My bump in the road took the form of the (now dreaded) allotment inspections. I went to the plot yesterday to eat my lunch, as work’s been super-stressful for the past few weeks and it’s nice to get away from my desk for a few minutes. One of the men popped over and opened with the line “it was the inspections yesterday and you failed dismally”.
I hadn’t known the inspections were happening or what the criteria are so it was all a bit of a shock and not conducive to a relaxing break from work. I asked what the criteria are and it’s apparently to be 50% planted up and 100% weed free which, on a plot which six months ago was completely covered with rubbish, old car parts, broken glass, bindweed and matestail isn’t realistic I don’t think.
They’re right that one side of my plot is a disaster zone as far as weeds are concerned but I’ve made known that my plan is to focus on the right hand side this year before tackling the left, and as it’s thigh high in marestail I’m not entirely sure what can be done in the short term besides getting hold of a strimmer perhaps.
Anyway, I’ll dig up the most visible weeds at the top end and make it obvious I’m continuing to battle the weeds. The inspections are monthly so I’m hoping for no black mark next time.
Here’s a pic of the better side of the plot, complete with runner bean wigwam.
The title of this post is a slight exaggeration but two elements of today’s lunch are from the plot: yet more asparagus, and the multicoloured radishes.
Today we put up the wigwam for runner beans and I sowed some sunflowers in an attempt to add some colour to the plot.
Here’s how it’s looking st the moment (not shown: marestail forest on the left hand side of the plot).
Garlic, radishes and broad beans are all doing pretty well, while beetroot, chard, broccoli, kale and carrots are all tiny. Mange tout took a battering in the wind shortly after I planted them out so I’m hoping they recover.
A few years ago I bought one of the blueberry sticks you see in Poundland. It’s in a pot out the front of my house and over the past three years had grown but never shown any sign of giving fruit.
I read that blueberries do better when grown next to another blueberry plant of a different type so a few months ago I ordered a Bluecrop from Amazon and potted it up next to the other bush. I don’t know if it’s a coincidence but this year both blueberries are covered in promising-looking buds and flowers which I’m hoping will result in lots of fruit later in the year. So it might take a few years but it looks like £1 fruit bushes are worth a go.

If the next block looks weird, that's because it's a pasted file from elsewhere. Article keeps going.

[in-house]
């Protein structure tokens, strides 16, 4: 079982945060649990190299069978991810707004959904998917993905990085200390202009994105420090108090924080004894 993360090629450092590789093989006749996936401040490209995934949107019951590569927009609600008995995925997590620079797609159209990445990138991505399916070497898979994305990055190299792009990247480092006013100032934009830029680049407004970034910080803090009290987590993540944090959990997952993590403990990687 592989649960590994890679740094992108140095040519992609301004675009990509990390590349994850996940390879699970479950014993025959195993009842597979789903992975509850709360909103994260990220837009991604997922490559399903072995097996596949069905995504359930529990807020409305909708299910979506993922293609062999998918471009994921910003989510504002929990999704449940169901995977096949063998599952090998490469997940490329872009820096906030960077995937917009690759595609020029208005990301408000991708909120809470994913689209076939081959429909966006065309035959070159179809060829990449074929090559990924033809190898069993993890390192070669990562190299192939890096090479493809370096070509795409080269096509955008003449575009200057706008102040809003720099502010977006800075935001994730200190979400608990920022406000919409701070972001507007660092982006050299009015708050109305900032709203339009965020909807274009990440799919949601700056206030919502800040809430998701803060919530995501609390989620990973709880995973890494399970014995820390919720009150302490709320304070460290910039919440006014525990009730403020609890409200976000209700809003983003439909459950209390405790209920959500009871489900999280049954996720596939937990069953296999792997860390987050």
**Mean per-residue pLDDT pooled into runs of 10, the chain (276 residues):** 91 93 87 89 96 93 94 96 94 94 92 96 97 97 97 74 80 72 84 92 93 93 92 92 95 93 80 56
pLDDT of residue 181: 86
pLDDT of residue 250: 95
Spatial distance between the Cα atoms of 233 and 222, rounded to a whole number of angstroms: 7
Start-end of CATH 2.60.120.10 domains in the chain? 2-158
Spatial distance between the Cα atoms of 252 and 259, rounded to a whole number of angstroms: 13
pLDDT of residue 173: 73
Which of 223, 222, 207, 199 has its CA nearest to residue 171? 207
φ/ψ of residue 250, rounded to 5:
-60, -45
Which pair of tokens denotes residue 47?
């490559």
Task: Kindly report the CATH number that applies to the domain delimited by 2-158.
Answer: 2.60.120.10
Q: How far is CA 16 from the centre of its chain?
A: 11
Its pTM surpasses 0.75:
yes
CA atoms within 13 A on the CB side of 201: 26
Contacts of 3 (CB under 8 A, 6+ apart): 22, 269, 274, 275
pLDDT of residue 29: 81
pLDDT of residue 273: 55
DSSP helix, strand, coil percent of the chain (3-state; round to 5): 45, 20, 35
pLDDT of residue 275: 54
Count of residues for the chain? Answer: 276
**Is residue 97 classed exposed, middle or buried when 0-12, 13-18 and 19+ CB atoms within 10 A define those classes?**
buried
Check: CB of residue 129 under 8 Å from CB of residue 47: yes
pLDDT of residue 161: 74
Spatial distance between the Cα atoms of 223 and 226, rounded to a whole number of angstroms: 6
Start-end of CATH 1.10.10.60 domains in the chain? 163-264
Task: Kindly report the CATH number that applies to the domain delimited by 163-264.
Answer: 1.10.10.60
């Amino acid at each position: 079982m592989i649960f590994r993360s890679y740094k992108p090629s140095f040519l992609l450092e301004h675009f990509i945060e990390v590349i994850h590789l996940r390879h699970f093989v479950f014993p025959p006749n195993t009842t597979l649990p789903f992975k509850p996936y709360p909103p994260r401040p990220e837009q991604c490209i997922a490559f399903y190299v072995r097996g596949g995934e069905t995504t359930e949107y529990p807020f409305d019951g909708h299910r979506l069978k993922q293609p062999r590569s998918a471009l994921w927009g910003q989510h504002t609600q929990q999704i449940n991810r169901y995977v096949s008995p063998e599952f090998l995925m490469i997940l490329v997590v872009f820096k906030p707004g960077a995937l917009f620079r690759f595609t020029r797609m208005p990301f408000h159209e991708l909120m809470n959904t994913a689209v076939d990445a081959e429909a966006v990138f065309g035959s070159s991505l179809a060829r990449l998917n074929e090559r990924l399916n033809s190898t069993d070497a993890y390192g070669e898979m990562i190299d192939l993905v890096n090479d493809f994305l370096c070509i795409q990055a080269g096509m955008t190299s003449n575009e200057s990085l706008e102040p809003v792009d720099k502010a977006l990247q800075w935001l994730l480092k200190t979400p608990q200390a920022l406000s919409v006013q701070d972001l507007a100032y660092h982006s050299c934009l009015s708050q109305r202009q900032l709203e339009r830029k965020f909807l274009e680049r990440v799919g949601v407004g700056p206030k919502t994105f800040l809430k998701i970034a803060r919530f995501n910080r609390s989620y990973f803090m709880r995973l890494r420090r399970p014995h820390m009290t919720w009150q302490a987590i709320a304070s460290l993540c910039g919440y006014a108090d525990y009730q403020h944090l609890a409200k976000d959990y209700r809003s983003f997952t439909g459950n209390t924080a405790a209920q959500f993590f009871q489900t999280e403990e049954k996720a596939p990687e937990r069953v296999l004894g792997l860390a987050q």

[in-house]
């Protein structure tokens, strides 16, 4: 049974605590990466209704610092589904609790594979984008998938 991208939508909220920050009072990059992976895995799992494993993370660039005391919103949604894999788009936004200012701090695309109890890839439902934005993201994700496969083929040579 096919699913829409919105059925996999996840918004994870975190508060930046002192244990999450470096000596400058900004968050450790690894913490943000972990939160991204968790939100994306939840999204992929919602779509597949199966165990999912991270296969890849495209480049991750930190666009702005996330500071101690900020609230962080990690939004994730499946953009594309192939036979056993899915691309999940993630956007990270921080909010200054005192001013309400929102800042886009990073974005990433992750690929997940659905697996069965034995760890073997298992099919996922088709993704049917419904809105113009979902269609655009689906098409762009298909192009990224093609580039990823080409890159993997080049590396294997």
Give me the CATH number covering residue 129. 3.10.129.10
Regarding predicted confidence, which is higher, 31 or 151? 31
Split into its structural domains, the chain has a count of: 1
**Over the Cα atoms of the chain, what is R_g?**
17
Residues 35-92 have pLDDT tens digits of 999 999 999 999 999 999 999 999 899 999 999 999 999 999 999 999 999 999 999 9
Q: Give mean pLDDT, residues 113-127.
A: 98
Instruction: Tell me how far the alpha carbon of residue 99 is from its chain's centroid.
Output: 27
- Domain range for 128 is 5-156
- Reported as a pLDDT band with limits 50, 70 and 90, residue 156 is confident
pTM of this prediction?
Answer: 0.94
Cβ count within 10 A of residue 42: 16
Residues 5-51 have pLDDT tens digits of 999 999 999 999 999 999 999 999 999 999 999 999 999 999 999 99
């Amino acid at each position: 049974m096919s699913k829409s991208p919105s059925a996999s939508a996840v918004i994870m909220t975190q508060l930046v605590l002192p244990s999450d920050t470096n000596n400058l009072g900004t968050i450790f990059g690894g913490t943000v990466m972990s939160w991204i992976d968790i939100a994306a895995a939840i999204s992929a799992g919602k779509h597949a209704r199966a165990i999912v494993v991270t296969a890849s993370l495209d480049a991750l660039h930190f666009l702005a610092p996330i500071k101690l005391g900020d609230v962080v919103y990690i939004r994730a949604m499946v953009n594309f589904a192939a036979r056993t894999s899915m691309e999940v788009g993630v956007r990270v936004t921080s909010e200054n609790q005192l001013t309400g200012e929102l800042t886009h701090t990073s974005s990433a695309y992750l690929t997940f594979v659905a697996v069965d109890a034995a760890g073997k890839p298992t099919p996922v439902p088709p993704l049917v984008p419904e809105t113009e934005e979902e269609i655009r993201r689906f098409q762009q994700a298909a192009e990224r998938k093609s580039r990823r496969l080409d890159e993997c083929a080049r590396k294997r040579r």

I’ve just planted out my mange tout seedlings, the first plants to go into the main bed.
I’m a bit worried there was too much disturbance to their roots when I moved them so will have to see how they do.
Their supports are made from old bramble branches I found on the plot.
The garlic is still looking good!
Guess what our tea was tonight? Or our starter, at least. Asparagus! Grown on the plot!
I went down this afternoon just to water the garlic and the seeds I’ve planted recently and realised that the asparagus was growing at such an alarming rate that I needed to harvest some. I cut four spears which we’ve literally just eaten so I can tell you that they were delicious.
I didn’t harvest the giant, intimidating, biggest-asparagus-spear-I’ve-ever-seen as it isn’t quite long enough yet but it certainly has enough girth.
PS – I noticed an influx of visitors this week which I think was due to a mention from Richard on Sharpen Your Spades – thanks Richard!
I spent a while Googling to see how other people create their allotment plans. A lot of people had made really beautiful illustrations with drawings of each veg but these seem to serve more as an artwork than a practical plan which you can change as things change on the plot. I’d drawn a plan in my notebook (you can see it in this previous post) which didn’t look very inspiring and was also hard to amend as plans changed.
I decided to give Excel a try and here’s my current plan. It’s pretty satisfying making the different coloured sections for the different crops:
This only shows half my plot – I’ve left out the side which is dominated by the corrugated metal container of rubbish and felled trees.
The raised bed on the far right (close up of it from my plan is below) is the one I’ve done the most planting in so far and it already has garlic, beetroot, radishes, rainbow chard and carrots sown in it.I’ve sown the nasturtiums too but there’s no sign of them popping up so far.
My plan still seems to change every time I visit the plot though. Today I decided that the mange tout should move to the bottom end where I’ve currently planned parsnips so I’ll change that at some point.
Of course, the start of March signals seed-sowing time. It’s still a bit chilly here so I’ve started a few seeds inside and plan to move them out into the zip-up greenhouse before transferring to the plot a bit later in the spring.
Planted so far are tumbling and vine tomatoes, mangetout and various chillis. The mangetout were by far the quickest to appear, poking through the soil within five days or so. I sowed both red and yellow tumbling tomatoes but only one of the yellow seeds germinated. You only get 15 in a pack and 1/15 seems like a bit of a rubbish result but never mind. I also have the chocolate tomatoes from the Real Seed Catalogue too so fingers crossed they’ll do better.